Blazing Saddles (1974)
Blazing Saddles (1974)

Genre: Comedy and Western Running Time: 1 hr. 33 min.

Release Date: February 7th, 1974 MPAA Rating: Not Rated

Director: Mel Brooks Actors: Cleavon Little, Gene Wilder, Slim Pickens, Harvey Korman, Madeline Kahn, Mel Brooks, Burton Gilliam, Alex Karras, David Huddleston, John Hillerman




hile laying track for a railroad, swinging axes and sometimes passing out in the sweltering sun, a singing contest of sorts breaks out between the laborers and their back-breaking supervisors. This is much to the annoyance of boss Taggart (Slim Pickens), who orders two of the black workers, Bart (Cleavon Little) and Charlie (Charles McGregor), to survey up ahead for a possible patch of quicksand. Once they’re up to their necks in the syrupy stuff – and conspicuously abandoned – Bart finally manages to relieve himself of his unfortunate employment, thanks to a handy shovel, though it proves to be a very temporary reprieve.

Taggart soon informs corrupt Attorney General Hedley Lamarr (Harvey Korman) that the railroad needs to be diverted through the peaceful town of Rock Ridge. All that stands in their way are the rightful owners. And so, a plan is hatched to send Taggart and his goons to burn, loot, murder, and rape (the people and livestock alike), to scare the citizens into fleeing. But the townsfolk are determined not to give up so easily. After the sheriff is killed and the church is bombed, they send a telegram to the governor (Mel Brooks) to plead for a replacement lawman. Lamarr surveys the situation first, however, plotting once again to drive the people from their land – by hiring a sheriff so offensive that they’ll leave on their own. And so, Bart is saved from the hangman’s noose and given a badge.

The racism, slurs, and dismissal of the value of life is somewhat shocking as much as it is ironic, even though it’s all conducted in jest – and as an exaggeration of real prejudices of the era. Part of the uncomfortableness is due to the seriousness in which many of the players conduct themselves; despite the comedic scenarios, several of the supporting cast behave earnestly, which increases the sting of denigrations – while also increasing the hilarity. It’s terribly funny, even as it intermittently offends (there’s also violence against women, again done phonily, thrown in for good measure).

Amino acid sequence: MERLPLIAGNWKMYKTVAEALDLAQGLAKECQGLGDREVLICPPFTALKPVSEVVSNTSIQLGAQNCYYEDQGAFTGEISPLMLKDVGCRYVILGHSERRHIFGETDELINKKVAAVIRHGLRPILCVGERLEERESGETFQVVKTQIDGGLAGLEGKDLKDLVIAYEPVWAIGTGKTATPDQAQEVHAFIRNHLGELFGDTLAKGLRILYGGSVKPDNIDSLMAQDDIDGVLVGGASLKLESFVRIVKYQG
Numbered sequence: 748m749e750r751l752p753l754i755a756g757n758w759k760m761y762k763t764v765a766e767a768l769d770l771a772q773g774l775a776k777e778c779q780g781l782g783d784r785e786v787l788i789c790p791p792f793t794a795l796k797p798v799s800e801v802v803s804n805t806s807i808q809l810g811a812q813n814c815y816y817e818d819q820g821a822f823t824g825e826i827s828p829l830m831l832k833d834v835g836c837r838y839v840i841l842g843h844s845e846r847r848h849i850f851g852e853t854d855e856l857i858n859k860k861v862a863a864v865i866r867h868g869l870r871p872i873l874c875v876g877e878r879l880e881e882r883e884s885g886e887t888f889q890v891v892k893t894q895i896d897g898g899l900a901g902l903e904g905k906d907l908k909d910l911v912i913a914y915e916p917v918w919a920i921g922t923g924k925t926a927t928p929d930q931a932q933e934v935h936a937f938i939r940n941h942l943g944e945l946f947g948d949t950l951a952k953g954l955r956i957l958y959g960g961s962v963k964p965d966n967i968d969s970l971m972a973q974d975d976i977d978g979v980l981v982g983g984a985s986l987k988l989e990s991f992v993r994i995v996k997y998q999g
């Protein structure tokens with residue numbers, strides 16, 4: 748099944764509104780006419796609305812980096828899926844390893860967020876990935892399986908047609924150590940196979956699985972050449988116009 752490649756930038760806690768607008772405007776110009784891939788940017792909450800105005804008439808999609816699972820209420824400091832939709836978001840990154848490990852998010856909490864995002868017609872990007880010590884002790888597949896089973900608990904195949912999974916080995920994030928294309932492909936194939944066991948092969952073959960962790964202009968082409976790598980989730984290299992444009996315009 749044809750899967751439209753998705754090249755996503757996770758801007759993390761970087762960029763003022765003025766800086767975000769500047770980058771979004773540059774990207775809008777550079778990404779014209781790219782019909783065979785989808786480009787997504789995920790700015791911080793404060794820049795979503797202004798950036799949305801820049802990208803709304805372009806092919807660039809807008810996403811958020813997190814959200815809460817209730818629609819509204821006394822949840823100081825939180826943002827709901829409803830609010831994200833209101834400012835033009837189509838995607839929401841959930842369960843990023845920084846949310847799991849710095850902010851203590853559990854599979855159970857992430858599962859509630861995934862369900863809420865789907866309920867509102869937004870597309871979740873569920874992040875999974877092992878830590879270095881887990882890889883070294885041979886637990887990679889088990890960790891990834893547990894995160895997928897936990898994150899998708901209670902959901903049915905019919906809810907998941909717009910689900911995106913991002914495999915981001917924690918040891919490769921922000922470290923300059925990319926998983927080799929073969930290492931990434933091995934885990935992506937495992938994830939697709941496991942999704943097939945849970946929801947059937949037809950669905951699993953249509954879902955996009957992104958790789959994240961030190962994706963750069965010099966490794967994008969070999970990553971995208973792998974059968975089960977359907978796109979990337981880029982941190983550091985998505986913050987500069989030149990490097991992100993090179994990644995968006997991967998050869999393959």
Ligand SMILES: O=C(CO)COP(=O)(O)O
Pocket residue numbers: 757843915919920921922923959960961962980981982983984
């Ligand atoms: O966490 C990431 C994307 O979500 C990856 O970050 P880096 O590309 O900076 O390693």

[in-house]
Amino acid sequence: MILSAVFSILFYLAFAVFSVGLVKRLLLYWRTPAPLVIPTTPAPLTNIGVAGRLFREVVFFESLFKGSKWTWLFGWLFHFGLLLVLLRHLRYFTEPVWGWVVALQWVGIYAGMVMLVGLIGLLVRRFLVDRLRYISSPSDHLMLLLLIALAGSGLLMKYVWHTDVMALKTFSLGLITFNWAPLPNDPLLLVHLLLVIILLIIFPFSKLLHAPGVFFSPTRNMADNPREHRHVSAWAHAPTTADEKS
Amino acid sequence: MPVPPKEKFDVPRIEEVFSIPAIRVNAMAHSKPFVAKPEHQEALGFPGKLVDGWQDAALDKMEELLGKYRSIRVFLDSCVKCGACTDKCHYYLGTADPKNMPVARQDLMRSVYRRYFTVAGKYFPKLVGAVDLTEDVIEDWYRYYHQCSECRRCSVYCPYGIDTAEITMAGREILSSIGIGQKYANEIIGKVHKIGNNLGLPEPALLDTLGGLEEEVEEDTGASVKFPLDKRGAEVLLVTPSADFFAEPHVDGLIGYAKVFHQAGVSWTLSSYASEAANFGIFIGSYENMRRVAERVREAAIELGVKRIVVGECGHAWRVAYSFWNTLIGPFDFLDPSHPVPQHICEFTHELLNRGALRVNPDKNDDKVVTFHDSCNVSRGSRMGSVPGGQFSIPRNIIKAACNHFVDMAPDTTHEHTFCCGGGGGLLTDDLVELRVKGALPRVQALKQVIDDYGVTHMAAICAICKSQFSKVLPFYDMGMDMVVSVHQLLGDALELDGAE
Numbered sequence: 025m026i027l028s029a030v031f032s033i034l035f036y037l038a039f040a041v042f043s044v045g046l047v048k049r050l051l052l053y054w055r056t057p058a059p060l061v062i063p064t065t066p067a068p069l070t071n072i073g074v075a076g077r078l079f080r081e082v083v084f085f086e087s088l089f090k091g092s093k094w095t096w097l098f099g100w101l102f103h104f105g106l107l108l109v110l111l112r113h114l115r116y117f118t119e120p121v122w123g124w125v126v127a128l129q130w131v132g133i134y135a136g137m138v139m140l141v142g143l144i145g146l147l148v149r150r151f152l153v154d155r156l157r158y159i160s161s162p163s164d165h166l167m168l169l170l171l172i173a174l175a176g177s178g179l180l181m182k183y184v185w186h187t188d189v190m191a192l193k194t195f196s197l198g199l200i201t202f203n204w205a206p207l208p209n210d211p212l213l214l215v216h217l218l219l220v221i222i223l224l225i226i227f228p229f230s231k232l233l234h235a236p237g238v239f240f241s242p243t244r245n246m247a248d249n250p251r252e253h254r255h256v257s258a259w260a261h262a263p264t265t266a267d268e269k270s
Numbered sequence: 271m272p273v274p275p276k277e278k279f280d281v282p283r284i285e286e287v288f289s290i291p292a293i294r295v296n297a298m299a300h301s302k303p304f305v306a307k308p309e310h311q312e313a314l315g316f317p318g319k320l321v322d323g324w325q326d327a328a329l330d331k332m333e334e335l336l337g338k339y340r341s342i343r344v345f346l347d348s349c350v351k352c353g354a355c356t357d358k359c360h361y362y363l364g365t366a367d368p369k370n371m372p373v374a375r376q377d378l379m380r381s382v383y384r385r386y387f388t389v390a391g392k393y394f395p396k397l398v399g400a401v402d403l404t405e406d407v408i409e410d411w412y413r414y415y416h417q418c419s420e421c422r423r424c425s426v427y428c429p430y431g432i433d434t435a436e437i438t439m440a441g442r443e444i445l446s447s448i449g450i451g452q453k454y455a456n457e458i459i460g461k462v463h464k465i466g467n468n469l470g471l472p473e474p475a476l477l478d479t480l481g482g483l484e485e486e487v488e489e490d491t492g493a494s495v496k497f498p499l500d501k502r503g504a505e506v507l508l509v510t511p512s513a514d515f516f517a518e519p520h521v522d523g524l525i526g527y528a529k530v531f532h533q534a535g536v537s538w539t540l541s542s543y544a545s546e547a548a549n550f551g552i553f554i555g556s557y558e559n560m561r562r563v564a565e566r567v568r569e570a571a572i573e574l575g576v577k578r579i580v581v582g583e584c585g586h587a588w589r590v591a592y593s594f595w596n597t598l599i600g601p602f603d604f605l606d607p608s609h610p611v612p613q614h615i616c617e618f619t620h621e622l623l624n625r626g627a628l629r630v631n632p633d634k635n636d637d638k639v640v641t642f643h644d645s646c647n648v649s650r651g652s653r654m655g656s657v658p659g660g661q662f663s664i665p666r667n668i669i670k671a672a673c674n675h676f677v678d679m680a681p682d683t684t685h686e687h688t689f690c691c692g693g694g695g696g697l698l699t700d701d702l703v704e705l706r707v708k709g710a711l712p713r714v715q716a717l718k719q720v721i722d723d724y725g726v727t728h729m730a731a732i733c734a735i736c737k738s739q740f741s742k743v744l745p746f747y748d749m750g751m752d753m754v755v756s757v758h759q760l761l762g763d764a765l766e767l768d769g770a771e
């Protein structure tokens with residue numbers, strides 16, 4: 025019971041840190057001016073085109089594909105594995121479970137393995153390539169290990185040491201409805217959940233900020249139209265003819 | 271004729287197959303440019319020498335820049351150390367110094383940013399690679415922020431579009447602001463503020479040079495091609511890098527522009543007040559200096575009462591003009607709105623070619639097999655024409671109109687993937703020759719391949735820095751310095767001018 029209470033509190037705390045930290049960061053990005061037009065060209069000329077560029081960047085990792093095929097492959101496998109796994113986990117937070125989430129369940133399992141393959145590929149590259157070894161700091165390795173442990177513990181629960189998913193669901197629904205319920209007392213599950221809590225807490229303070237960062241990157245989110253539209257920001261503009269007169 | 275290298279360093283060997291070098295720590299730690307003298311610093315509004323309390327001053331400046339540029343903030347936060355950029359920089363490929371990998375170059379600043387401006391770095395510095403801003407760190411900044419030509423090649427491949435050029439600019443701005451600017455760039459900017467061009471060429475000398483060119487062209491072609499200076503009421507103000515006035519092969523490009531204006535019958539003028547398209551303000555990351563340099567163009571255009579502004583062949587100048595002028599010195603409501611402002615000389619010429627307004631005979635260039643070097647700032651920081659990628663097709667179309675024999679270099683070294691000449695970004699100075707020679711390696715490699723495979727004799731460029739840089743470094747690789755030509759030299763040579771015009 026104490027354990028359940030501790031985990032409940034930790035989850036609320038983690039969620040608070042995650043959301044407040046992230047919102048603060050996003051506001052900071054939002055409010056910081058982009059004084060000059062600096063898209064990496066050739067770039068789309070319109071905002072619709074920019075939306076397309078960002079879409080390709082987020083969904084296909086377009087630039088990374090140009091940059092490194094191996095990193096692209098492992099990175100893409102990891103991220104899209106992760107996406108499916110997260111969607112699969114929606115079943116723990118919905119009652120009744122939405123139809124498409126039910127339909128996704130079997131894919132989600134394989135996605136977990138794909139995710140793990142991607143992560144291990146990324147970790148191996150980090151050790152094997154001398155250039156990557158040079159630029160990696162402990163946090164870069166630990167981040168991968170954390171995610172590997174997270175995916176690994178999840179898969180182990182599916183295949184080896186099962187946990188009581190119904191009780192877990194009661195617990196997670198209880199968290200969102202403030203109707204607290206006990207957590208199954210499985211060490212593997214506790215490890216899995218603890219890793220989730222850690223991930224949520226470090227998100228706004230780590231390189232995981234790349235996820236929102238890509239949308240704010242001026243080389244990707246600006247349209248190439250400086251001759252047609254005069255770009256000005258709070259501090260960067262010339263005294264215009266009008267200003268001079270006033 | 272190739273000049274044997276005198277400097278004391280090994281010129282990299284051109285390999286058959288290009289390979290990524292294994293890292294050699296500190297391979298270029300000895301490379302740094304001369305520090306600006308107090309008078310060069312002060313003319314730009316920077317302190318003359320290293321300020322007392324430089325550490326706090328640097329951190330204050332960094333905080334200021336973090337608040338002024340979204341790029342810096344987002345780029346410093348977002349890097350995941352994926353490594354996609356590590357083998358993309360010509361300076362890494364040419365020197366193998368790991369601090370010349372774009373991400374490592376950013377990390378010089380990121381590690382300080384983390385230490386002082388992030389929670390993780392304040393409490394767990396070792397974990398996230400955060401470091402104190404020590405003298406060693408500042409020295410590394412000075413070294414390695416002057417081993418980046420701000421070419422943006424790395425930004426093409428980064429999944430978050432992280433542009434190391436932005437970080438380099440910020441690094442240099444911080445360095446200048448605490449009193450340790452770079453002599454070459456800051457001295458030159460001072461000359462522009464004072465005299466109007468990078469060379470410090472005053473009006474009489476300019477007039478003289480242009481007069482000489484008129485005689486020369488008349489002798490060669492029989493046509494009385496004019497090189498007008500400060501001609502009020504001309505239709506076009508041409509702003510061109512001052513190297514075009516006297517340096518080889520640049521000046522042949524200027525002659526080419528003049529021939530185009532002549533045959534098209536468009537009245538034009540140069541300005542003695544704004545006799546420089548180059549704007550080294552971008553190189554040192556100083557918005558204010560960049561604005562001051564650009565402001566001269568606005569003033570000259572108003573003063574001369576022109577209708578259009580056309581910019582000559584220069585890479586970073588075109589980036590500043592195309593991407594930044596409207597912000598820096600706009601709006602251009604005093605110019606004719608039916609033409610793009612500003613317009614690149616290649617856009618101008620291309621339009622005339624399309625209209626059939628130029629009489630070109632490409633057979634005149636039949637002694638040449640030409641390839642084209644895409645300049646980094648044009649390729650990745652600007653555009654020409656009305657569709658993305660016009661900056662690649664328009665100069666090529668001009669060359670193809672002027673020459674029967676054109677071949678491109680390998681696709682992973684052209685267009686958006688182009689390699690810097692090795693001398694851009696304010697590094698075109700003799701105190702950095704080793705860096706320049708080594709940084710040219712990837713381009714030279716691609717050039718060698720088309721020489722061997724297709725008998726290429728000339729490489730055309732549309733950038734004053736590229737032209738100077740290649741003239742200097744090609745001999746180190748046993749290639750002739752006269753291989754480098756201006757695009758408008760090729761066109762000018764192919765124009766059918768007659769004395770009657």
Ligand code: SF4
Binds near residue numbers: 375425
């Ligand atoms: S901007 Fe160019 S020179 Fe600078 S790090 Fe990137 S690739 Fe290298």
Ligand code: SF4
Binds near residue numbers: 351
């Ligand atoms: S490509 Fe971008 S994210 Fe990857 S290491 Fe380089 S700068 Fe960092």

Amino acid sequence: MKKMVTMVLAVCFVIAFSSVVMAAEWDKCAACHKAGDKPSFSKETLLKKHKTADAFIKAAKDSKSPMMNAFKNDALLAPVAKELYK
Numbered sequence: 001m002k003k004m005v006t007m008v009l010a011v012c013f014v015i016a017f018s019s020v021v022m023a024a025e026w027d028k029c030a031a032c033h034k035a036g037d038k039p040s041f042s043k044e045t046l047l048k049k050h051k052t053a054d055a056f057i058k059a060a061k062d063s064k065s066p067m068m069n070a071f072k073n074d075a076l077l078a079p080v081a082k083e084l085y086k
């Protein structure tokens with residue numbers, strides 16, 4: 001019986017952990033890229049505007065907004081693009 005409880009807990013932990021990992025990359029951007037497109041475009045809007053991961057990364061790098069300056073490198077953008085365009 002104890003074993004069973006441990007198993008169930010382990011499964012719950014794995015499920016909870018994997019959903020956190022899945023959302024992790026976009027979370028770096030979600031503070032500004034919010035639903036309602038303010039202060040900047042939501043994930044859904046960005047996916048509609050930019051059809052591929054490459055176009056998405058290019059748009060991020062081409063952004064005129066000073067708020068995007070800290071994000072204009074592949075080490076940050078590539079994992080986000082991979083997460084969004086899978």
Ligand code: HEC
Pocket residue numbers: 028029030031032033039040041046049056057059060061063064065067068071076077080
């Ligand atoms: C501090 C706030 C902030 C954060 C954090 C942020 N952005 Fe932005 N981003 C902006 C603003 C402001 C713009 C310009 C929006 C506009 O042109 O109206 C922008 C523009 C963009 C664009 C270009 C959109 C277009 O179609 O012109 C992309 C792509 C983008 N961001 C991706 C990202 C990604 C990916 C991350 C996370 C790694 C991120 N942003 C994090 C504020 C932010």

Although there’s a storyline at work, writer/director Mel Brooks peppers his script with countless asides (many of which are anachronistic for this late 1800s Western), breaks in the fourth wall (including one that reveals the fakery of movie sets themselves, lending to the concluding joke in “Monty Python and the Holy Grail”), over-the-top nonsense (scenes that couldn’t exist anywhere but in a spoof), flashbacks, and even genuine stunts. He also favors puerile humor, such as a sequence in which cowboys gather around a campfire, eating beans and passing gas. Additional plot points play out like thematically related skits – from a formidable assassin called Mongo (Alex Karras) to an anticipated saloon performance by the “teutonic titwillow,” seductress Lili Von Shtupp (Madeline Kahn). In many ways, the film is a montage of Western parodies, strung together by recurring characters.

But despite the narrative shortcomings, many of the gags are outstanding – even simple one-liners and jokes written on items in backgrounds. And goofy, quotable lines of dialogue are abundant (including recitations from other movies). Also of note are the songs (occasionally supplemented by dancing), written by Brooks himself (the title tune is performed Frankie Laine), which give the picture the feel of a stage play adaptation, in line with the lighthearted absurdity of the whole ordeal. And, of course, there’s Gene Wilder as an uncommonly unbiased gunslinger, the Waco Kid, who gets some of the best moments. In the end, no Western cliche is safe from lampooning in “Blazing Saddles,” which literally devolves into something less than a complete movie (or something outlandishly experimental); even the classic ride off into the sunset is given a perfectly foolish send-up.

– Mike Massie

  • 7/10